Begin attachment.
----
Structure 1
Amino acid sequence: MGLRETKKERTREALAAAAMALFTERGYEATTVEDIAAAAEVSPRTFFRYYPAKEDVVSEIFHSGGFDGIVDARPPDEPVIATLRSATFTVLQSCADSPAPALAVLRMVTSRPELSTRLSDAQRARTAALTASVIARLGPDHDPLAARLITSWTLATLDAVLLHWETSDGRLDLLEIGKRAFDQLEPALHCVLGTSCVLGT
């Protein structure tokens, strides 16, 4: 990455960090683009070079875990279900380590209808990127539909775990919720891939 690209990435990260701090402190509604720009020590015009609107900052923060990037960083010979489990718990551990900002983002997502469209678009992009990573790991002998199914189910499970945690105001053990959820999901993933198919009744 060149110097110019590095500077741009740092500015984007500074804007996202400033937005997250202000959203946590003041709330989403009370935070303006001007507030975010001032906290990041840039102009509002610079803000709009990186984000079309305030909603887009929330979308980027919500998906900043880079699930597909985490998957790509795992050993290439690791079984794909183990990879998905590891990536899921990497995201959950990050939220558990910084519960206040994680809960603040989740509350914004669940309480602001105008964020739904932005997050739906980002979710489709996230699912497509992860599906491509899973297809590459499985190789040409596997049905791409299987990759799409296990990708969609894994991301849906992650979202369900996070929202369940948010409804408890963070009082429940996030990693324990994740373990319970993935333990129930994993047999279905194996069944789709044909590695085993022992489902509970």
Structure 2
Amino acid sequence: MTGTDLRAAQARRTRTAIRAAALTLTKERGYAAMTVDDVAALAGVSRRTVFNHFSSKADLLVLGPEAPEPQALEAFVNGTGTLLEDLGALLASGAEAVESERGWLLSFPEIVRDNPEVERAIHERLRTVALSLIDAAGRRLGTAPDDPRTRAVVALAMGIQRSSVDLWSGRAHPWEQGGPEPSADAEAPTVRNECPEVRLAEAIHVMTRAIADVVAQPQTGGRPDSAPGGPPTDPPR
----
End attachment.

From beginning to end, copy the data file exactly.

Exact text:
Structure 1
Amino acid sequence: MGLRETKKERTREALAAAAMALFTERGYEATTVEDIAAAAEVSPRTFFRYYPAKEDVVSEIFHSGGFDGIVDARPPDEPVIATLRSATFTVLQSCADSPAPALAVLRMVTSRPELSTRLSDAQRARTAALTASVIARLGPDHDPLAARLITSWTLATLDAVLLHWETSDGRLDLLEIGKRAFDQLEPALHCVLGTSCVLGT
């Protein structure tokens, strides 16, 4: 990455960090683009070079875990279900380590209808990127539909775990919720891939 690209990435990260701090402190509604720009020590015009609107900052923060990037960083010979489990718990551990900002983002997502469209678009992009990573790991002998199914189910499970945690105001053990959820999901993933198919009744 060149110097110019590095500077741009740092500015984007500074804007996202400033937005997250202000959203946590003041709330989403009370935070303006001007507030975010001032906290990041840039102009509002610079803000709009990186984000079309305030909603887009929330979308980027919500998906900043880079699930597909985490998957790509795992050993290439690791079984794909183990990879998905590891990536899921990497995201959950990050939220558990910084519960206040994680809960603040989740509350914004669940309480602001105008964020739904932005997050739906980002979710489709996230699912497509992860599906491509899973297809590459499985190789040409596997049905791409299987990759799409296990990708969609894994991301849906992650979202369900996070929202369940948010409804408890963070009082429940996030990693324990994740373990319970993935333990129930994993047999279905194996069944789709044909590695085993022992489902509970």
Structure 2
Amino acid sequence: MTGTDLRAAQARRTRTAIRAAALTLTKERGYAAMTVDDVAALAGVSRRTVFNHFSSKADLLVLGPEAPEPQALEAFVNGTGTLLEDLGALLASGAEAVESERGWLLSFPEIVRDNPEVERAIHERLRTVALSLIDAAGRRLGTAPDDPRTRAVVALAMGIQRSSVDLWSGRAHPWEQGGPEPSADAEAPTVRNECPEVRLAEAIHVMTRAIADVVAQPQTGGRPDSAPGGPPTDPPR